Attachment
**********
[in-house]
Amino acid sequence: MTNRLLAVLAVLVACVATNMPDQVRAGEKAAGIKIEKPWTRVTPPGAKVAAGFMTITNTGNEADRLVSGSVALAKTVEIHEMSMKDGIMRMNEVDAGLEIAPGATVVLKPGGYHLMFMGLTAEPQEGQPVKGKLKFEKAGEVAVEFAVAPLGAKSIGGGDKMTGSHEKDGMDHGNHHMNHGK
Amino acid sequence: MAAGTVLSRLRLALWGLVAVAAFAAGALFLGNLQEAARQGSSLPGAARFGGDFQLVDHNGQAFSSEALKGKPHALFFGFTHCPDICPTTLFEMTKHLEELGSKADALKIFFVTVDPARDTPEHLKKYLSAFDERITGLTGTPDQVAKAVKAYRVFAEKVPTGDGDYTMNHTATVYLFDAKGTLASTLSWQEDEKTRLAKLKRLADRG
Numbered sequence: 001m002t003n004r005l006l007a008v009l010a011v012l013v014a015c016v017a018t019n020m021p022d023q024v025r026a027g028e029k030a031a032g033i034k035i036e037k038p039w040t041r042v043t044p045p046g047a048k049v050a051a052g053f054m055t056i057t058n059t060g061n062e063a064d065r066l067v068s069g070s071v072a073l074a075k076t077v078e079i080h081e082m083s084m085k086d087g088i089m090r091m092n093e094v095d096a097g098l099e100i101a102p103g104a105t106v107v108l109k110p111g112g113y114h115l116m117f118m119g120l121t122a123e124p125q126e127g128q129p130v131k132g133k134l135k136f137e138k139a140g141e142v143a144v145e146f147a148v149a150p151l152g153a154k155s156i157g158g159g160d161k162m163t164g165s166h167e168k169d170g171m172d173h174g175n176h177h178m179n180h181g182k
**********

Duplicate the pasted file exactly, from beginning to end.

[in-house]
Amino acid sequence: MTNRLLAVLAVLVACVATNMPDQVRAGEKAAGIKIEKPWTRVTPPGAKVAAGFMTITNTGNEADRLVSGSVALAKTVEIHEMSMKDGIMRMNEVDAGLEIAPGATVVLKPGGYHLMFMGLTAEPQEGQPVKGKLKFEKAGEVAVEFAVAPLGAKSIGGGDKMTGSHEKDGMDHGNHHMNHGK
Amino acid sequence: MAAGTVLSRLRLALWGLVAVAAFAAGALFLGNLQEAARQGSSLPGAARFGGDFQLVDHNGQAFSSEALKGKPHALFFGFTHCPDICPTTLFEMTKHLEELGSKADALKIFFVTVDPARDTPEHLKKYLSAFDERITGLTGTPDQVAKAVKAYRVFAEKVPTGDGDYTMNHTATVYLFDAKGTLASTLSWQEDEKTRLAKLKRLADRG
Numbered sequence: 001m002t003n004r005l006l007a008v009l010a011v012l013v014a015c016v017a018t019n020m021p022d023q024v025r026a027g028e029k030a031a032g033i034k035i036e037k038p039w040t041r042v043t044p045p046g047a048k049v050a051a052g053f054m055t056i057t058n059t060g061n062e063a064d065r066l067v068s069g070s071v072a073l074a075k076t077v078e079i080h081e082m083s084m085k086d087g088i089m090r091m092n093e094v095d096a097g098l099e100i101a102p103g104a105t106v107v108l109k110p111g112g113y114h115l116m117f118m119g120l121t122a123e124p125q126e127g128q129p130v131k132g133k134l135k136f137e138k139a140g141e142v143a144v145e146f147a148v149a150p151l152g153a154k155s156i157g158g159g160d161k162m163t164g165s166h167e168k169d170g171m172d173h174g175n176h177h178m179n180h181g182k